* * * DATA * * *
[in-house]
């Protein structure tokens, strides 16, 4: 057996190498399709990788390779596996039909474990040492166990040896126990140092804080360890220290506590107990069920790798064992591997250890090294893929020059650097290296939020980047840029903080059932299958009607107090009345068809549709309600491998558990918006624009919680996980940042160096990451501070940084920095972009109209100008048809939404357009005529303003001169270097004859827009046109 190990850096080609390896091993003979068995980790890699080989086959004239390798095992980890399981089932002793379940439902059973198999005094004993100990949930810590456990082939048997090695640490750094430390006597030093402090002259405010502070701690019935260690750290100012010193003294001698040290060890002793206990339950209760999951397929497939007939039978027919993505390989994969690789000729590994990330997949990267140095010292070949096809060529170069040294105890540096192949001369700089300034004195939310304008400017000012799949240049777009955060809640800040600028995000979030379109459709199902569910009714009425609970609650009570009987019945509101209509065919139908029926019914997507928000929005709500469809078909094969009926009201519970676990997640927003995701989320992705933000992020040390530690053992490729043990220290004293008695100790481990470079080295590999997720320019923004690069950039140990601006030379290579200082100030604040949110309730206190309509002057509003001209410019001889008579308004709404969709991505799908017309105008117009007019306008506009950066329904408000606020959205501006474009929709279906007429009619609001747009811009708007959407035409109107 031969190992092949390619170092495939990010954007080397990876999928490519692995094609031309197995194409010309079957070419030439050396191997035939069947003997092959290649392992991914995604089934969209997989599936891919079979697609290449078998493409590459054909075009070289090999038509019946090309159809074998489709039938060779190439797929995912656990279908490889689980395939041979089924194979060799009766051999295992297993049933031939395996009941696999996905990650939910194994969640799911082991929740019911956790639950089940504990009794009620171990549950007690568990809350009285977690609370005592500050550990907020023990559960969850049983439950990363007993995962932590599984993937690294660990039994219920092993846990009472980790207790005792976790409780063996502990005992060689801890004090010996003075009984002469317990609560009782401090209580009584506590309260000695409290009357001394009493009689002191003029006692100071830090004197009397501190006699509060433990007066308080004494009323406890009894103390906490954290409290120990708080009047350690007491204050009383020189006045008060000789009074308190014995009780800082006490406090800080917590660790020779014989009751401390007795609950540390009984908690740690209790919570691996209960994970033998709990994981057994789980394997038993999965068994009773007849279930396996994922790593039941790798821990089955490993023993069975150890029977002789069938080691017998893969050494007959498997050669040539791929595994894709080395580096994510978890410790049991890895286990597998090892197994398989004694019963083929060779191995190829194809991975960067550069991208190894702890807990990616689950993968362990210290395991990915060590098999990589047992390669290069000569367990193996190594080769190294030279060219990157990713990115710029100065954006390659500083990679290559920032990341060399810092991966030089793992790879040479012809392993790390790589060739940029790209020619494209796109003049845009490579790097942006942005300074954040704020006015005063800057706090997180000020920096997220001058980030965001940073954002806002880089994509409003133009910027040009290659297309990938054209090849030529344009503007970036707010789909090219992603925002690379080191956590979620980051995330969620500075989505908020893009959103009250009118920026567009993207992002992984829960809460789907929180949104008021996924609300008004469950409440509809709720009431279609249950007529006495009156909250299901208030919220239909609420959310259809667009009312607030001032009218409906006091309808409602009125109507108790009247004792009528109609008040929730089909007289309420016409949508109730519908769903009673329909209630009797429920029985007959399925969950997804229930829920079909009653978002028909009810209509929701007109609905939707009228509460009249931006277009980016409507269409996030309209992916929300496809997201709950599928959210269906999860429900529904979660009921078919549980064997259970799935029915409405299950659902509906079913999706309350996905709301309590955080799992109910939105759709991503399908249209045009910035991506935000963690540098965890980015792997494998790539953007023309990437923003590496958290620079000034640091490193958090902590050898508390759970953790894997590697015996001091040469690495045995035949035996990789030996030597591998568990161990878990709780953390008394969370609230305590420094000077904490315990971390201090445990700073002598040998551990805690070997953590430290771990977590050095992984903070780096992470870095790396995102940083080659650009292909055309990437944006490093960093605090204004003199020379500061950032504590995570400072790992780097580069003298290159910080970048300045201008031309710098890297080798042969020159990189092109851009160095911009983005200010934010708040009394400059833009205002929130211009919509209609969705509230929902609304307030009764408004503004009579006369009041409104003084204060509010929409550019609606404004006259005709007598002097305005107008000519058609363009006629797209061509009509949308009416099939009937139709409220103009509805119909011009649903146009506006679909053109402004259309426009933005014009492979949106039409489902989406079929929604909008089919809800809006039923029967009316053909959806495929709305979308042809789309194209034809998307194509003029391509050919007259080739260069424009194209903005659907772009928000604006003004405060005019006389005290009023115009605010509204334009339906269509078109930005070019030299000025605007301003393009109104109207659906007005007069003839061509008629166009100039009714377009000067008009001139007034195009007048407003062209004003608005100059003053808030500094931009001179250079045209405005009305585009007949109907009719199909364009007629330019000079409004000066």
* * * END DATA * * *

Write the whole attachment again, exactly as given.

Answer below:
[in-house]
């Protein structure tokens, strides 16, 4: 057996190498399709990788390779596996039909474990040492166990040896126990140092804080360890220290506590107990069920790798064992591997250890090294893929020059650097290296939020980047840029903080059932299958009607107090009345068809549709309600491998558990918006624009919680996980940042160096990451501070940084920095972009109209100008048809939404357009005529303003001169270097004859827009046109 190990850096080609390896091993003979068995980790890699080989086959004239390798095992980890399981089932002793379940439902059973198999005094004993100990949930810590456990082939048997090695640490750094430390006597030093402090002259405010502070701690019935260690750290100012010193003294001698040290060890002793206990339950209760999951397929497939007939039978027919993505390989994969690789000729590994990330997949990267140095010292070949096809060529170069040294105890540096192949001369700089300034004195939310304008400017000012799949240049777009955060809640800040600028995000979030379109459709199902569910009714009425609970609650009570009987019945509101209509065919139908029926019914997507928000929005709500469809078909094969009926009201519970676990997640927003995701989320992705933000992020040390530690053992490729043990220290004293008695100790481990470079080295590999997720320019923004690069950039140990601006030379290579200082100030604040949110309730206190309509002057509003001209410019001889008579308004709404969709991505799908017309105008117009007019306008506009950066329904408000606020959205501006474009929709279906007429009619609001747009811009708007959407035409109107 031969190992092949390619170092495939990010954007080397990876999928490519692995094609031309197995194409010309079957070419030439050396191997035939069947003997092959290649392992991914995604089934969209997989599936891919079979697609290449078998493409590459054909075009070289090999038509019946090309159809074998489709039938060779190439797929995912656990279908490889689980395939041979089924194979060799009766051999295992297993049933031939395996009941696999996905990650939910194994969640799911082991929740019911956790639950089940504990009794009620171990549950007690568990809350009285977690609370005592500050550990907020023990559960969850049983439950990363007993995962932590599984993937690294660990039994219920092993846990009472980790207790005792976790409780063996502990005992060689801890004090010996003075009984002469317990609560009782401090209580009584506590309260000695409290009357001394009493009689002191003029006692100071830090004197009397501190006699509060433990007066308080004494009323406890009894103390906490954290409290120990708080009047350690007491204050009383020189006045008060000789009074308190014995009780800082006490406090800080917590660790020779014989009751401390007795609950540390009984908690740690209790919570691996209960994970033998709990994981057994789980394997038993999965068994009773007849279930396996994922790593039941790798821990089955490993023993069975150890029977002789069938080691017998893969050494007959498997050669040539791929595994894709080395580096994510978890410790049991890895286990597998090892197994398989004694019963083929060779191995190829194809991975960067550069991208190894702890807990990616689950993968362990210290395991990915060590098999990589047992390669290069000569367990193996190594080769190294030279060219990157990713990115710029100065954006390659500083990679290559920032990341060399810092991966030089793992790879040479012809392993790390790589060739940029790209020619494209796109003049845009490579790097942006942005300074954040704020006015005063800057706090997180000020920096997220001058980030965001940073954002806002880089994509409003133009910027040009290659297309990938054209090849030529344009503007970036707010789909090219992603925002690379080191956590979620980051995330969620500075989505908020893009959103009250009118920026567009993207992002992984829960809460789907929180949104008021996924609300008004469950409440509809709720009431279609249950007529006495009156909250299901208030919220239909609420959310259809667009009312607030001032009218409906006091309808409602009125109507108790009247004792009528109609008040929730089909007289309420016409949508109730519908769903009673329909209630009797429920029985007959399925969950997804229930829920079909009653978002028909009810209509929701007109609905939707009228509460009249931006277009980016409507269409996030309209992916929300496809997201709950599928959210269906999860429900529904979660009921078919549980064997259970799935029915409405299950659902509906079913999706309350996905709301309590955080799992109910939105759709991503399908249209045009910035991506935000963690540098965890980015792997494998790539953007023309990437923003590496958290620079000034640091490193958090902590050898508390759970953790894997590697015996001091040469690495045995035949035996990789030996030597591998568990161990878990709780953390008394969370609230305590420094000077904490315990971390201090445990700073002598040998551990805690070997953590430290771990977590050095992984903070780096992470870095790396995102940083080659650009292909055309990437944006490093960093605090204004003199020379500061950032504590995570400072790992780097580069003298290159910080970048300045201008031309710098890297080798042969020159990189092109851009160095911009983005200010934010708040009394400059833009205002929130211009919509209609969705509230929902609304307030009764408004503004009579006369009041409104003084204060509010929409550019609606404004006259005709007598002097305005107008000519058609363009006629797209061509009509949308009416099939009937139709409220103009509805119909011009649903146009506006679909053109402004259309426009933005014009492979949106039409489902989406079929929604909008089919809800809006039923029967009316053909959806495929709305979308042809789309194209034809998307194509003029391509050919007259080739260069424009194209903005659907772009928000604006003004405060005019006389005290009023115009605010509204334009339906269509078109930005070019030299000025605007301003393009109104109207659906007005007069003839061509008629166009100039009714377009000067008009001139007034195009007048407003062209004003608005100059003053808030500094931009001179250079045209405005009305585009007949109907009719199909364009007629330019000079409004000066």